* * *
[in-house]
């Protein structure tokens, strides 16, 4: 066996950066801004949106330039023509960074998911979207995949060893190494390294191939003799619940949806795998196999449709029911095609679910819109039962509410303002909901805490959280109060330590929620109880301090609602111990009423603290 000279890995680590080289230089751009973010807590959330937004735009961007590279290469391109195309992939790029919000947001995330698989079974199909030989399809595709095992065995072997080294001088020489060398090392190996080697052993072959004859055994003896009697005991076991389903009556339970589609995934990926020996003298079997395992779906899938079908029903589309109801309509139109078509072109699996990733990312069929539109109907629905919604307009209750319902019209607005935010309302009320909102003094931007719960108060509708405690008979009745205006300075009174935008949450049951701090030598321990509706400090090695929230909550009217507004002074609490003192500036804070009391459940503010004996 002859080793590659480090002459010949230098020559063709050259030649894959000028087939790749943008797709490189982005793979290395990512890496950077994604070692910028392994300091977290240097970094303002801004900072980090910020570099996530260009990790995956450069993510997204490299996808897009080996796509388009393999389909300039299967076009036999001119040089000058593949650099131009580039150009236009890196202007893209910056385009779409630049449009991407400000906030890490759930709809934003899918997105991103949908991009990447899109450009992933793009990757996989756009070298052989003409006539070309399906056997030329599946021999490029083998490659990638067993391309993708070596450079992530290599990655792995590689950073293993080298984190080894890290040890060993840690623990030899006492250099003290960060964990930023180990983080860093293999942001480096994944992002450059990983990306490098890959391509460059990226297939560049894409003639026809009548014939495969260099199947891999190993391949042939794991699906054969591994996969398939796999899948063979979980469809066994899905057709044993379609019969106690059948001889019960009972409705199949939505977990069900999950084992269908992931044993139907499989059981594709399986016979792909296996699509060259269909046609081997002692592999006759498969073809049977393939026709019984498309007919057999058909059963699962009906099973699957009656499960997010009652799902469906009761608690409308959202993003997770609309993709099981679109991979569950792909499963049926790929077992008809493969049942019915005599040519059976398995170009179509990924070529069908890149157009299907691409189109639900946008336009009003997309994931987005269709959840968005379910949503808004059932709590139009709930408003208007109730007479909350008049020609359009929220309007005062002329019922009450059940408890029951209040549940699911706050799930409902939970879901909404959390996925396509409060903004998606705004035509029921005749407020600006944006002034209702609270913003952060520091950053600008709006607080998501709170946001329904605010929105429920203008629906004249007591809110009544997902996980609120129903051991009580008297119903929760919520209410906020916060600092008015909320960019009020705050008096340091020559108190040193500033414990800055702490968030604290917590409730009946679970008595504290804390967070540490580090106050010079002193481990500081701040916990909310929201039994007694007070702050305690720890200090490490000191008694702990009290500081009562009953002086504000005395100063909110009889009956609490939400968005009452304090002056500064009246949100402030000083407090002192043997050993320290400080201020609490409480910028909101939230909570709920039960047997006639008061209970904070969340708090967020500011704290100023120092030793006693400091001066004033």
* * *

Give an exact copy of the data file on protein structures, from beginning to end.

[in-house]
């Protein structure tokens, strides 16, 4: 066996950066801004949106330039023509960074998911979207995949060893190494390294191939003799619940949806795998196999449709029911095609679910819109039962509410303002909901805490959280109060330590929620109880301090609602111990009423603290 000279890995680590080289230089751009973010807590959330937004735009961007590279290469391109195309992939790029919000947001995330698989079974199909030989399809595709095992065995072997080294001088020489060398090392190996080697052993072959004859055994003896009697005991076991389903009556339970589609995934990926020996003298079997395992779906899938079908029903589309109801309509139109078509072109699996990733990312069929539109109907629905919604307009209750319902019209607005935010309302009320909102003094931007719960108060509708405690008979009745205006300075009174935008949450049951701090030598321990509706400090090695929230909550009217507004002074609490003192500036804070009391459940503010004996 002859080793590659480090002459010949230098020559063709050259030649894959000028087939790749943008797709490189982005793979290395990512890496950077994604070692910028392994300091977290240097970094303002801004900072980090910020570099996530260009990790995956450069993510997204490299996808897009080996796509388009393999389909300039299967076009036999001119040089000058593949650099131009580039150009236009890196202007893209910056385009779409630049449009991407400000906030890490759930709809934003899918997105991103949908991009990447899109450009992933793009990757996989756009070298052989003409006539070309399906056997030329599946021999490029083998490659990638067993391309993708070596450079992530290599990655792995590689950073293993080298984190080894890290040890060993840690623990030899006492250099003290960060964990930023180990983080860093293999942001480096994944992002450059990983990306490098890959391509460059990226297939560049894409003639026809009548014939495969260099199947891999190993391949042939794991699906054969591994996969398939796999899948063979979980469809066994899905057709044993379609019969106690059948001889019960009972409705199949939505977990069900999950084992269908992931044993139907499989059981594709399986016979792909296996699509060259269909046609081997002692592999006759498969073809049977393939026709019984498309007919057999058909059963699962009906099973699957009656499960997010009652799902469906009761608690409308959202993003997770609309993709099981679109991979569950792909499963049926790929077992008809493969049942019915005599040519059976398995170009179509990924070529069908890149157009299907691409189109639900946008336009009003997309994931987005269709959840968005379910949503808004059932709590139009709930408003208007109730007479909350008049020609359009929220309007005062002329019922009450059940408890029951209040549940699911706050799930409902939970879901909404959390996925396509409060903004998606705004035509029921005749407020600006944006002034209702609270913003952060520091950053600008709006607080998501709170946001329904605010929105429920203008629906004249007591809110009544997902996980609120129903051991009580008297119903929760919520209410906020916060600092008015909320960019009020705050008096340091020559108190040193500033414990800055702490968030604290917590409730009946679970008595504290804390967070540490580090106050010079002193481990500081701040916990909310929201039994007694007070702050305690720890200090490490000191008694702990009290500081009562009953002086504000005395100063909110009889009956609490939400968005009452304090002056500064009246949100402030000083407090002192043997050993320290400080201020609490409480910028909101939230909570709920039960047997006639008061209970904070969340708090967020500011704290100023120092030793006693400091001066004033």